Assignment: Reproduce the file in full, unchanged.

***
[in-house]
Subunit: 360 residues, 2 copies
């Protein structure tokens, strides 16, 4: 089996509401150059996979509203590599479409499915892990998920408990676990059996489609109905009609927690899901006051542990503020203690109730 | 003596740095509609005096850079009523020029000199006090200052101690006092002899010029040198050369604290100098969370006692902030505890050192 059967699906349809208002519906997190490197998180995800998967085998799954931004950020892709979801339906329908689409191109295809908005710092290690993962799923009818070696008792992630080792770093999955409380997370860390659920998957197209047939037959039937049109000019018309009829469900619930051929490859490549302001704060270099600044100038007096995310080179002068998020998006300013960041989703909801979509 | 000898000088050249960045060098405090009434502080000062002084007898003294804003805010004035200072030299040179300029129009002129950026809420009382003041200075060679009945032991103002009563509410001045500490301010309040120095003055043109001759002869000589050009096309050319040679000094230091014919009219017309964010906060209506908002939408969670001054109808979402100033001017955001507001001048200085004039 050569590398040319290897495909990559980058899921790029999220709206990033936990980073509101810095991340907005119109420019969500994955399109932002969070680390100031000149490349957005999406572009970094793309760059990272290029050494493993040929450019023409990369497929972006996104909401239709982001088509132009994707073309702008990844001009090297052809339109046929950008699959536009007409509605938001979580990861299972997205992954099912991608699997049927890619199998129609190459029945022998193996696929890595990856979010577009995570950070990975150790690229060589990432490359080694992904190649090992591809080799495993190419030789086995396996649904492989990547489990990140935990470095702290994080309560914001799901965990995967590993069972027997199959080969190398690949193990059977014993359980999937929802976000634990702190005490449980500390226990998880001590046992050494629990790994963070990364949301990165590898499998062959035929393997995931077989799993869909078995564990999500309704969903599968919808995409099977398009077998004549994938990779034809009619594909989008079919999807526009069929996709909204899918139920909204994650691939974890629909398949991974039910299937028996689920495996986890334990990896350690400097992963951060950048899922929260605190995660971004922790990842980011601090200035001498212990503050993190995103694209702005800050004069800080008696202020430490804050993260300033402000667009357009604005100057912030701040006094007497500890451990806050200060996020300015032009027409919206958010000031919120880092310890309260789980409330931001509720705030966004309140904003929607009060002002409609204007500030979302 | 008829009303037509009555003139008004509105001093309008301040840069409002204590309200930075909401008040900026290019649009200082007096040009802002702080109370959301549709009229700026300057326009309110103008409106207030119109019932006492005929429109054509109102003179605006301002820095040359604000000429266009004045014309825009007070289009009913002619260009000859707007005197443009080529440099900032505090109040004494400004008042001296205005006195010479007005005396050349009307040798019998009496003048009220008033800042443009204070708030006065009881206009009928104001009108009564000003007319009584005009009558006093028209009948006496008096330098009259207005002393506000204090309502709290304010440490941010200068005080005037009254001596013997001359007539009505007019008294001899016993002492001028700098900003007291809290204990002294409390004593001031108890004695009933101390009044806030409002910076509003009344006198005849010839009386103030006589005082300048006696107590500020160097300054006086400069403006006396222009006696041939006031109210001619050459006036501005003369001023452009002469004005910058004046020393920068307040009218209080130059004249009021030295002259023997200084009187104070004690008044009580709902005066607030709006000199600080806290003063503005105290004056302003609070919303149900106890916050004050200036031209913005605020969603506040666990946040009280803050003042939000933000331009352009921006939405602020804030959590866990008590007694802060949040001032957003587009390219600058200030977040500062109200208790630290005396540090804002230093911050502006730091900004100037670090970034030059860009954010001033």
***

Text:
[in-house]
Subunit: 360 residues, 2 copies
């Protein structure tokens, strides 16, 4: 089996509401150059996979509203590599479409499915892990998920408990676990059996489609109905009609927690899901006051542990503020203690109730 | 003596740095509609005096850079009523020029000199006090200052101690006092002899010029040198050369604290100098969370006692902030505890050192 059967699906349809208002519906997190490197998180995800998967085998799954931004950020892709979801339906329908689409191109295809908005710092290690993962799923009818070696008792992630080792770093999955409380997370860390659920998957197209047939037959039937049109000019018309009829469900619930051929490859490549302001704060270099600044100038007096995310080179002068998020998006300013960041989703909801979509 | 000898000088050249960045060098405090009434502080000062002084007898003294804003805010004035200072030299040179300029129009002129950026809420009382003041200075060679009945032991103002009563509410001045500490301010309040120095003055043109001759002869000589050009096309050319040679000094230091014919009219017309964010906060209506908002939408969670001054109808979402100033001017955001507001001048200085004039 050569590398040319290897495909990559980058899921790029999220709206990033936990980073509101810095991340907005119109420019969500994955399109932002969070680390100031000149490349957005999406572009970094793309760059990272290029050494493993040929450019023409990369497929972006996104909401239709982001088509132009994707073309702008990844001009090297052809339109046929950008699959536009007409509605938001979580990861299972997205992954099912991608699997049927890619199998129609190459029945022998193996696929890595990856979010577009995570950070990975150790690229060589990432490359080694992904190649090992591809080799495993190419030789086995396996649904492989990547489990990140935990470095702290994080309560914001799901965990995967590993069972027997199959080969190398690949193990059977014993359980999937929802976000634990702190005490449980500390226990998880001590046992050494629990790994963070990364949301990165590898499998062959035929393997995931077989799993869909078995564990999500309704969903599968919808995409099977398009077998004549994938990779034809009619594909989008079919999807526009069929996709909204899918139920909204994650691939974890629909398949991974039910299937028996689920495996986890334990990896350690400097992963951060950048899922929260605190995660971004922790990842980011601090200035001498212990503050993190995103694209702005800050004069800080008696202020430490804050993260300033402000667009357009604005100057912030701040006094007497500890451990806050200060996020300015032009027409919206958010000031919120880092310890309260789980409330931001509720705030966004309140904003929607009060002002409609204007500030979302 | 008829009303037509009555003139008004509105001093309008301040840069409002204590309200930075909401008040900026290019649009200082007096040009802002702080109370959301549709009229700026300057326009309110103008409106207030119109019932006492005929429109054509109102003179605006301002820095040359604000000429266009004045014309825009007070289009009913002619260009000859707007005197443009080529440099900032505090109040004494400004008042001296205005006195010479007005005396050349009307040798019998009496003048009220008033800042443009204070708030006065009881206009009928104001009108009564000003007319009584005009009558006093028209009948006496008096330098009259207005002393506000204090309502709290304010440490941010200068005080005037009254001596013997001359007539009505007019008294001899016993002492001028700098900003007291809290204990002294409390004593001031108890004695009933101390009044806030409002910076509003009344006198005849010839009386103030006589005082300048006696107590500020160097300054006086400069403006006396222009006696041939006031109210001619050459006036501005003369001023452009002469004005910058004046020393920068307040009218209080130059004249009021030295002259023997200084009187104070004690008044009580709902005066607030709006000199600080806290003063503005105290004056302003609070919303149900106890916050004050200036031209913005605020969603506040666990946040009280803050003042939000933000331009352009921006939405602020804030959590866990008590007694802060949040001032957003587009390219600058200030977040500062109200208790630290005396540090804002230093911050502006730091900004100037670090970034030059860009954010001033």